Have you observed a sense of doom in the publishing industry? Did they want you to do all kinds of Internet tricks for this book?
They’re doing them. They haven’t asked me to do them. You can become friends with the book on Facebook. There’s some guy twittering or tweeting lines from the book. But I mean it’s very effective in terms of getting the word out that there’s this book made of paper coming out.
But yes, there’s a lot of panic in the publishing industry. Absolutely, they try to mask it, but they don’t know what’s going to happen.
Who do you think reads your novels? I mean, I’m a 26-year-old guy who recently finished college. Do you have a sense of what your readership would look like or who would make up the lion’s share?
Did it take you a long time to finish college?
Yeah, it did. I transferred a lot and did some fucking up along the way. I’m just curious who you envision being the kind of person that would pick up your books?
I don’t know. I mean, initially I thought it was 26-year-old fuck ups like you. But I was checking out the book on Amazon and they give you your rank and then there are several sub-categories. One of them was single women and I seem to be number five. So that gave me a whole new perspective.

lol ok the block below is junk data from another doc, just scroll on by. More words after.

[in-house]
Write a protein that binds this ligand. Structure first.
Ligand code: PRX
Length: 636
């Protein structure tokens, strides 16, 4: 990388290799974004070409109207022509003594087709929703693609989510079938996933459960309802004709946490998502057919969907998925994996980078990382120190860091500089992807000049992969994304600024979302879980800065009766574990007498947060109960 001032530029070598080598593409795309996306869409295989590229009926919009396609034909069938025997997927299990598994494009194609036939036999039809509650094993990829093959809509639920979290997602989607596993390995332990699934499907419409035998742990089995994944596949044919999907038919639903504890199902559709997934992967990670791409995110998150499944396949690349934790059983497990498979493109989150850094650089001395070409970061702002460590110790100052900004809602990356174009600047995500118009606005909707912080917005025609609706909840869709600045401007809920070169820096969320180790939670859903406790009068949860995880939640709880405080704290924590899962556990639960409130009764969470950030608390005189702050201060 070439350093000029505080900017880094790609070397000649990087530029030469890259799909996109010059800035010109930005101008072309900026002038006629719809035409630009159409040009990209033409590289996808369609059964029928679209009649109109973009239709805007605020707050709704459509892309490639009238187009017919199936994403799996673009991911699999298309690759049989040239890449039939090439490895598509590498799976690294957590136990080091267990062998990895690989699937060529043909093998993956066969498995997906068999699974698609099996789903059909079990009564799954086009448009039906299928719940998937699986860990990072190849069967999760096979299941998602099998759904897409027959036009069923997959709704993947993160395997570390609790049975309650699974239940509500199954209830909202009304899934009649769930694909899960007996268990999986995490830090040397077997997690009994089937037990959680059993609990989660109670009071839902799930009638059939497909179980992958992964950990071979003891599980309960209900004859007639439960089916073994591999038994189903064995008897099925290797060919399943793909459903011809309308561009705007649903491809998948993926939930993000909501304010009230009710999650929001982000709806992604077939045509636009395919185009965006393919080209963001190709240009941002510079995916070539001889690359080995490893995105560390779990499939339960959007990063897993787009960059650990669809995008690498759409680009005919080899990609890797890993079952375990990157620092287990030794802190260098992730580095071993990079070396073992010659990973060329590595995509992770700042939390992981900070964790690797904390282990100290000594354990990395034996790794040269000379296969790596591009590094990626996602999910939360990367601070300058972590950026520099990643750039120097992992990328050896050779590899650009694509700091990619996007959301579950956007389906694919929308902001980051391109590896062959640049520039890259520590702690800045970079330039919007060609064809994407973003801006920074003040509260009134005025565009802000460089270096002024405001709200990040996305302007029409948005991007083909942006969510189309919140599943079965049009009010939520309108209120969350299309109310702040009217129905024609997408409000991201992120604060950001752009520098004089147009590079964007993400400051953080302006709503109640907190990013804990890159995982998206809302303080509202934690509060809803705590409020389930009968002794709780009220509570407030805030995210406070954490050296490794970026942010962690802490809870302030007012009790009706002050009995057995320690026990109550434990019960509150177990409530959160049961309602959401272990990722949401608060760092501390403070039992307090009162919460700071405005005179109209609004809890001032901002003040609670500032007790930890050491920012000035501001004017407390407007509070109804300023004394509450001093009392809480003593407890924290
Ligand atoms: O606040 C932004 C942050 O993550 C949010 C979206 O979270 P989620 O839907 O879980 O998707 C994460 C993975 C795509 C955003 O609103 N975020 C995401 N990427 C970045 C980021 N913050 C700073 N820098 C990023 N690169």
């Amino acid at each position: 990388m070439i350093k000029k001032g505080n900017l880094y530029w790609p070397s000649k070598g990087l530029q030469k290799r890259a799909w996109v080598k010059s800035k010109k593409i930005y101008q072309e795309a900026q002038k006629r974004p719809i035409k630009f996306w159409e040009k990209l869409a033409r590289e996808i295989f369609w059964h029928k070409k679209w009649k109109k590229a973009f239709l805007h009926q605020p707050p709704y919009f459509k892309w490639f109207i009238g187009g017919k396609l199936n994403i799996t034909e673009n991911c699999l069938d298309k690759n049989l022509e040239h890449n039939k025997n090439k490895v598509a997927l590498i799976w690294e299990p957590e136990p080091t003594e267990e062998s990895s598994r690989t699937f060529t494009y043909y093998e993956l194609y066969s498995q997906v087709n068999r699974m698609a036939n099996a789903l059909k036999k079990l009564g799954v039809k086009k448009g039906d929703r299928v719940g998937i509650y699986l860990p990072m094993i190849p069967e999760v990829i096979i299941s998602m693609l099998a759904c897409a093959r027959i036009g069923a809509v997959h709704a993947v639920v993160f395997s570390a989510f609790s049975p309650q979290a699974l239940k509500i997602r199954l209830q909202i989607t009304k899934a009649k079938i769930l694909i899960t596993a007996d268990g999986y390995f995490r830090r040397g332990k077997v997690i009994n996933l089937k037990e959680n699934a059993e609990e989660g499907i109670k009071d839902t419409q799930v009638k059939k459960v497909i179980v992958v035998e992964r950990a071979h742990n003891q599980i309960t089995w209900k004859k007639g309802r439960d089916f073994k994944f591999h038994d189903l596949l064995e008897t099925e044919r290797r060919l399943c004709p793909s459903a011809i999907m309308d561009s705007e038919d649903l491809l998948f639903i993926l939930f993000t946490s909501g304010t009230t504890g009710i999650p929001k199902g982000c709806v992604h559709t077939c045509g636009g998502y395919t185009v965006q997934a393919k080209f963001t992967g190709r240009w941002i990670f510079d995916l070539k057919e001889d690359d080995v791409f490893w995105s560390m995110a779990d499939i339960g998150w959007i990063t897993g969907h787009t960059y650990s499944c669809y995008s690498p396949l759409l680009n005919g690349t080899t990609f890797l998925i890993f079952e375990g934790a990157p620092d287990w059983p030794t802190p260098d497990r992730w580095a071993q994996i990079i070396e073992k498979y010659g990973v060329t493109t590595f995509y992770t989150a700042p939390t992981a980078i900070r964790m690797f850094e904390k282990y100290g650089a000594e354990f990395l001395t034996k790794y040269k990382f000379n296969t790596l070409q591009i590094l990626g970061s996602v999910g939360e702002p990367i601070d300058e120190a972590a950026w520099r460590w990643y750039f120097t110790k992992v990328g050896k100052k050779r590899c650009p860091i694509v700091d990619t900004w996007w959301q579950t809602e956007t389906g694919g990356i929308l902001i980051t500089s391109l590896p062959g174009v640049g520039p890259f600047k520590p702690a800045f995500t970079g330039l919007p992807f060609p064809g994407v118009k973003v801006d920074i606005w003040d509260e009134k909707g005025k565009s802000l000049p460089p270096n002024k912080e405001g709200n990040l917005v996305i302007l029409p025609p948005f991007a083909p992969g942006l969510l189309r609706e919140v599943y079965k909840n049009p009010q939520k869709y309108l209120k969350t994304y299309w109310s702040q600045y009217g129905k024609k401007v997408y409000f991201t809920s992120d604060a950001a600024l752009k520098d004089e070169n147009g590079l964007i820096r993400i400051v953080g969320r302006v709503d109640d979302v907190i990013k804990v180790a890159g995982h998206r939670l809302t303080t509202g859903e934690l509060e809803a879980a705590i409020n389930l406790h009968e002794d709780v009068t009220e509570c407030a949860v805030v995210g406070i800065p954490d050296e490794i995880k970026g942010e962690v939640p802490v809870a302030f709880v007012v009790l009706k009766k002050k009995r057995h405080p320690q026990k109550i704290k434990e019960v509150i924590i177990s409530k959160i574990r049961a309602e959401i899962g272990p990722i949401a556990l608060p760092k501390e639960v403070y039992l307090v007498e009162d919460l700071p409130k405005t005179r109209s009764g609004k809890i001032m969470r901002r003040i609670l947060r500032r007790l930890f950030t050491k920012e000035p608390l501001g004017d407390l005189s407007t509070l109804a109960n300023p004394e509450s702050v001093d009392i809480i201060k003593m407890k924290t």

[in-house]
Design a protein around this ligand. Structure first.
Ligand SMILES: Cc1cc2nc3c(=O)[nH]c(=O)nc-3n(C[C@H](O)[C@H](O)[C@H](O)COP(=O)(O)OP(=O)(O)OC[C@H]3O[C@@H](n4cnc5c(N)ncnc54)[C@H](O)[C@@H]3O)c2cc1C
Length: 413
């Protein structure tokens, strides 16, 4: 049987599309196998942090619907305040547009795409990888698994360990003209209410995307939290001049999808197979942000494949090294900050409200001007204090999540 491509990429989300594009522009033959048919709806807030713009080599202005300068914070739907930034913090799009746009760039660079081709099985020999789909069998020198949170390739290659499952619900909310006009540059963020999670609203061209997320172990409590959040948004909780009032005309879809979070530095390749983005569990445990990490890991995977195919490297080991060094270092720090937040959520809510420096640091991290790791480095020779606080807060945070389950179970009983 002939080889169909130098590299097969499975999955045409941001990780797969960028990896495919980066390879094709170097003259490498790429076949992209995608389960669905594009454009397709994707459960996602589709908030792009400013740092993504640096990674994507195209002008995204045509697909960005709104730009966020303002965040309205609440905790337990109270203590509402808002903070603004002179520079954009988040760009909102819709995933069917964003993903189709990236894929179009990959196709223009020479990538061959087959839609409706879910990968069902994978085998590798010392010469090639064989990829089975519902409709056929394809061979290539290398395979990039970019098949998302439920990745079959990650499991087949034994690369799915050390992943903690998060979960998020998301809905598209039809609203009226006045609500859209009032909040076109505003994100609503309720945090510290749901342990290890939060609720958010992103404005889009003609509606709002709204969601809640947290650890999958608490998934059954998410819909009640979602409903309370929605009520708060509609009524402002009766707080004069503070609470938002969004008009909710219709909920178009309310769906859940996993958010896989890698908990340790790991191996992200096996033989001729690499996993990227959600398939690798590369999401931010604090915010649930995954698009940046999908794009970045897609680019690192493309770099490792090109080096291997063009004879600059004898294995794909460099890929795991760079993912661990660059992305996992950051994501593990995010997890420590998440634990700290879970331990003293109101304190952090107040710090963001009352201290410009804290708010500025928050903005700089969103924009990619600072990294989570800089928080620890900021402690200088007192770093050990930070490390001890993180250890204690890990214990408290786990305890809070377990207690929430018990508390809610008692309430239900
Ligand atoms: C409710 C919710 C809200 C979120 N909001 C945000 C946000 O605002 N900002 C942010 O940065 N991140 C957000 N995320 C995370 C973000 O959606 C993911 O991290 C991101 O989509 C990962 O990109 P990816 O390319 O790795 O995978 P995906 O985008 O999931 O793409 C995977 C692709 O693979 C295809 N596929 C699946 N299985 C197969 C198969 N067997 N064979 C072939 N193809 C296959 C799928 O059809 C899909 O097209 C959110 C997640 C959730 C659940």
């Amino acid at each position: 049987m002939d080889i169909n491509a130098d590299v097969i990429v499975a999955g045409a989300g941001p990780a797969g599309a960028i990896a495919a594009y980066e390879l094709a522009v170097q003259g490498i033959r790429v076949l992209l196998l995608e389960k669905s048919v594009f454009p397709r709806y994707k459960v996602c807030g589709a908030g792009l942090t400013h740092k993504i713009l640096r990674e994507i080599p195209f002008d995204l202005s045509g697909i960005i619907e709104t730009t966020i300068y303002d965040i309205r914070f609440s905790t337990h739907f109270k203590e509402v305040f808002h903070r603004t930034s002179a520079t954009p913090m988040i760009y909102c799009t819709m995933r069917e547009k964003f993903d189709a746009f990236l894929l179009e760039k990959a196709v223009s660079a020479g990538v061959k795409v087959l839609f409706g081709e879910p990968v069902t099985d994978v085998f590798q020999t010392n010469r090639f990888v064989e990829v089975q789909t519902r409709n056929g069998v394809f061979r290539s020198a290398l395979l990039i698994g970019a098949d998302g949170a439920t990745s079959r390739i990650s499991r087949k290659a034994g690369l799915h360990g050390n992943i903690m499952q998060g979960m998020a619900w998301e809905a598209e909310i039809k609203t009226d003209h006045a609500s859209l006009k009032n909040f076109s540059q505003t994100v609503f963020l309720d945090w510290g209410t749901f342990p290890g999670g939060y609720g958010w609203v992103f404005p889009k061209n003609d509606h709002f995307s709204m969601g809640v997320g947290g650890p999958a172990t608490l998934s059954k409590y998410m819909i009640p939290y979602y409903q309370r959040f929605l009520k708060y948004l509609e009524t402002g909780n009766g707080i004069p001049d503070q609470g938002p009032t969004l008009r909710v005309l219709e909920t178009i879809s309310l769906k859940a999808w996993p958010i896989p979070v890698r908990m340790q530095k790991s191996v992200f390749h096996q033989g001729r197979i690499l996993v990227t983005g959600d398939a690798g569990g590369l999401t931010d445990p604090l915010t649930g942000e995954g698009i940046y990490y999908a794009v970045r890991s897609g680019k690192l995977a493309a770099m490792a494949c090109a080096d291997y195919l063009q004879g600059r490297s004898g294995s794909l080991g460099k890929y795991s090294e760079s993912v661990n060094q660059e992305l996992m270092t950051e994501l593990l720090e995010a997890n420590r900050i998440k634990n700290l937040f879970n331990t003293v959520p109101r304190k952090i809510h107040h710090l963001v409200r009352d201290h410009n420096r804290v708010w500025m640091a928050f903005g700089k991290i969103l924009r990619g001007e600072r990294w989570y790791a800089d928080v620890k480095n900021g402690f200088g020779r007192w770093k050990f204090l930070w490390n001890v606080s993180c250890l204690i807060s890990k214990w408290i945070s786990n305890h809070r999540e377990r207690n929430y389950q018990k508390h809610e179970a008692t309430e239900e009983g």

Well, I’ m not on the market. My point is, you don’t know, and I think more and more it’s lots of different kinds of people and that’s what I’m hoping, as much as my heart is with the 26 year old fuck ups.
Speaking of fuck-ups, there are two things, or themes, that you mention very casually in all, or almost all of your books. Two rather lofty subjects that I think other writers, if they broach these topics they tend to harp on them a bit more. But these two things keep coming up, male bisexuality and heroin.
No one has ever brought this up to me before. That’s some deep reading.
I just wanted to throw it out there.
Well, it’s no secret that I’ve dabbled with [heroin] and consequently struggled with it. It’s something that was for a substantial amount of time a very commanding presence in my life. There was a very tense period where I struggled with it and had to deal with it. It’s a very powerful drug.
And the bisexuality stuff? I guess I’m asking because these are the kinds of topics that writers tend to make a much bigger deal about when they write them, where as with you they are mentioned so casually, or as just sort of passing thing. It almost makes me surprised that you didn’t have a publisher or editor saying, “I’d like to hear more about this.”
I would have told them to fuck off. I find it’s much more effective in fiction to treat potentially big subjects more glancingly and the potentially trivial subjects with greater detail. I think when you do that you’re kind of bending and distorting in a way that gives a truer perception. We live in an age where people make declarations about their sexuality, and that’s great but I think the rest of us are a little more flux than we would admit. But instead of making that a huge deal I’m interested in that being just part of the texture of life. It’s also an anxiety-producing subject that can be a good source of comedy.